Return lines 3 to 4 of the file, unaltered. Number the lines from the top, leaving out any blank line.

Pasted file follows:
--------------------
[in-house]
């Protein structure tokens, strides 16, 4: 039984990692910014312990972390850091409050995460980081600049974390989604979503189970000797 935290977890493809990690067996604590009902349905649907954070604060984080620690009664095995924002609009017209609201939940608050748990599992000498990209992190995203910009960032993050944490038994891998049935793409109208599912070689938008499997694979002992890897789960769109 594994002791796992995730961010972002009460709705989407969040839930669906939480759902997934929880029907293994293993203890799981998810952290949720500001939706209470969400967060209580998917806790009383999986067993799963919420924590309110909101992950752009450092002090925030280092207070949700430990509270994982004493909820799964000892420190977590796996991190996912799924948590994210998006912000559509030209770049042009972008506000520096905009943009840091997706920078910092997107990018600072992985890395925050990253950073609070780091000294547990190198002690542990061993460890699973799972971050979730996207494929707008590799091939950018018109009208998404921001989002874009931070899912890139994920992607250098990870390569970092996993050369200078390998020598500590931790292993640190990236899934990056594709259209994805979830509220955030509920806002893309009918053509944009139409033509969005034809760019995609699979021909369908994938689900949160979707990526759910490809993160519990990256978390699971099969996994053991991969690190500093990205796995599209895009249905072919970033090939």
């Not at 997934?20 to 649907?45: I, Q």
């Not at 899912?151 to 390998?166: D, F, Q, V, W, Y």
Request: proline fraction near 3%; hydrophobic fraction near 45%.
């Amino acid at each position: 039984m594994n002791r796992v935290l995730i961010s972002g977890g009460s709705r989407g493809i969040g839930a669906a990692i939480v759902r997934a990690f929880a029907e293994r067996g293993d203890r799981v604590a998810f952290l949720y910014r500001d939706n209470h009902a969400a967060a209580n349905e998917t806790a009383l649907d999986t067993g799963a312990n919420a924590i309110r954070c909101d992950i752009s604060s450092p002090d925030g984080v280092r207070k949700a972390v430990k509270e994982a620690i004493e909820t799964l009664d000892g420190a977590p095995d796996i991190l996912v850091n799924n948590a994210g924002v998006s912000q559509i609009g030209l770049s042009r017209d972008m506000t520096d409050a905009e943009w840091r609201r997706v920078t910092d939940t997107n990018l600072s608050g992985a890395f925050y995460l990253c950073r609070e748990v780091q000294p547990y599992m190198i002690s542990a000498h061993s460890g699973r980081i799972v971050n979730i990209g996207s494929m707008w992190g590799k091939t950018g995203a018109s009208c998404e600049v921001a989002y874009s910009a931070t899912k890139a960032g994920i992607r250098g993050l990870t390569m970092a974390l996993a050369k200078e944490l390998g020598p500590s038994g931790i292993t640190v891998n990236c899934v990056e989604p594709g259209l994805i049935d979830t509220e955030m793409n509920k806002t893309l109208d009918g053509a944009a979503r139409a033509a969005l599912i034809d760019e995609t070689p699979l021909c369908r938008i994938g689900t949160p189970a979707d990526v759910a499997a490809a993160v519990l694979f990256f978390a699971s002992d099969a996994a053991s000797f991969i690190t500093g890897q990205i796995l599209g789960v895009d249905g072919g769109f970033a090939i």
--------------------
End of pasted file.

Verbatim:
């Not at 997934?20 to 649907?45: I, Q």
């Not at 899912?151 to 390998?166: D, F, Q, V, W, Y």